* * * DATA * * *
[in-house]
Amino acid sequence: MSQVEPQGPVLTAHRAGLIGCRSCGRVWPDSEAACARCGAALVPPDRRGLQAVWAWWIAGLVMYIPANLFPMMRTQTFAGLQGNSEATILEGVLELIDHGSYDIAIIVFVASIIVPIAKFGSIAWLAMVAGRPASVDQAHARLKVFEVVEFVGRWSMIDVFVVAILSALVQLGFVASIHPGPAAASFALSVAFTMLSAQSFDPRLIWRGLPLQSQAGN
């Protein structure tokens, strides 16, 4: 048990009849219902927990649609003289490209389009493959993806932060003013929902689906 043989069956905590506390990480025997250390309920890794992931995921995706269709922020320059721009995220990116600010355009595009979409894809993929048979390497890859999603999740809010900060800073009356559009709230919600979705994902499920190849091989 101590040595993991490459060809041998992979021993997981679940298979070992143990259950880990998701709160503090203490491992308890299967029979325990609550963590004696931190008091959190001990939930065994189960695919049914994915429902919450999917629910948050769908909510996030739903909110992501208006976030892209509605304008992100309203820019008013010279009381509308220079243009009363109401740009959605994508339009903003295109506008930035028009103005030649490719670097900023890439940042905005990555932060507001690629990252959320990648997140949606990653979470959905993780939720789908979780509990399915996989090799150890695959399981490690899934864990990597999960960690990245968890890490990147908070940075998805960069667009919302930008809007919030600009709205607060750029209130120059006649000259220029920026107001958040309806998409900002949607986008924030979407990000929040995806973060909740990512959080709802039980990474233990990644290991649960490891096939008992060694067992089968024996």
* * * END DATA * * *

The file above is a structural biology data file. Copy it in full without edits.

[in-house]
Amino acid sequence: MSQVEPQGPVLTAHRAGLIGCRSCGRVWPDSEAACARCGAALVPPDRRGLQAVWAWWIAGLVMYIPANLFPMMRTQTFAGLQGNSEATILEGVLELIDHGSYDIAIIVFVASIIVPIAKFGSIAWLAMVAGRPASVDQAHARLKVFEVVEFVGRWSMIDVFVVAILSALVQLGFVASIHPGPAAASFALSVAFTMLSAQSFDPRLIWRGLPLQSQAGN
């Protein structure tokens, strides 16, 4: 048990009849219902927990649609003289490209389009493959993806932060003013929902689906 043989069956905590506390990480025997250390309920890794992931995921995706269709922020320059721009995220990116600010355009595009979409894809993929048979390497890859999603999740809010900060800073009356559009709230919600979705994902499920190849091989 101590040595993991490459060809041998992979021993997981679940298979070992143990259950880990998701709160503090203490491992308890299967029979325990609550963590004696931190008091959190001990939930065994189960695919049914994915429902919450999917629910948050769908909510996030739903909110992501208006976030892209509605304008992100309203820019008013010279009381509308220079243009009363109401740009959605994508339009903003295109506008930035028009103005030649490719670097900023890439940042905005990555932060507001690629990252959320990648997140949606990653979470959905993780939720789908979780509990399915996989090799150890695959399981490690899934864990990597999960960690990245968890890490990147908070940075998805960069667009919302930008809007919030600009709205607060750029209130120059006649000259220029920026107001958040309806998409900002949607986008924030979407990000929040995806973060909740990512959080709802039980990474233990990644290991649960490891096939008992060694067992089968024996």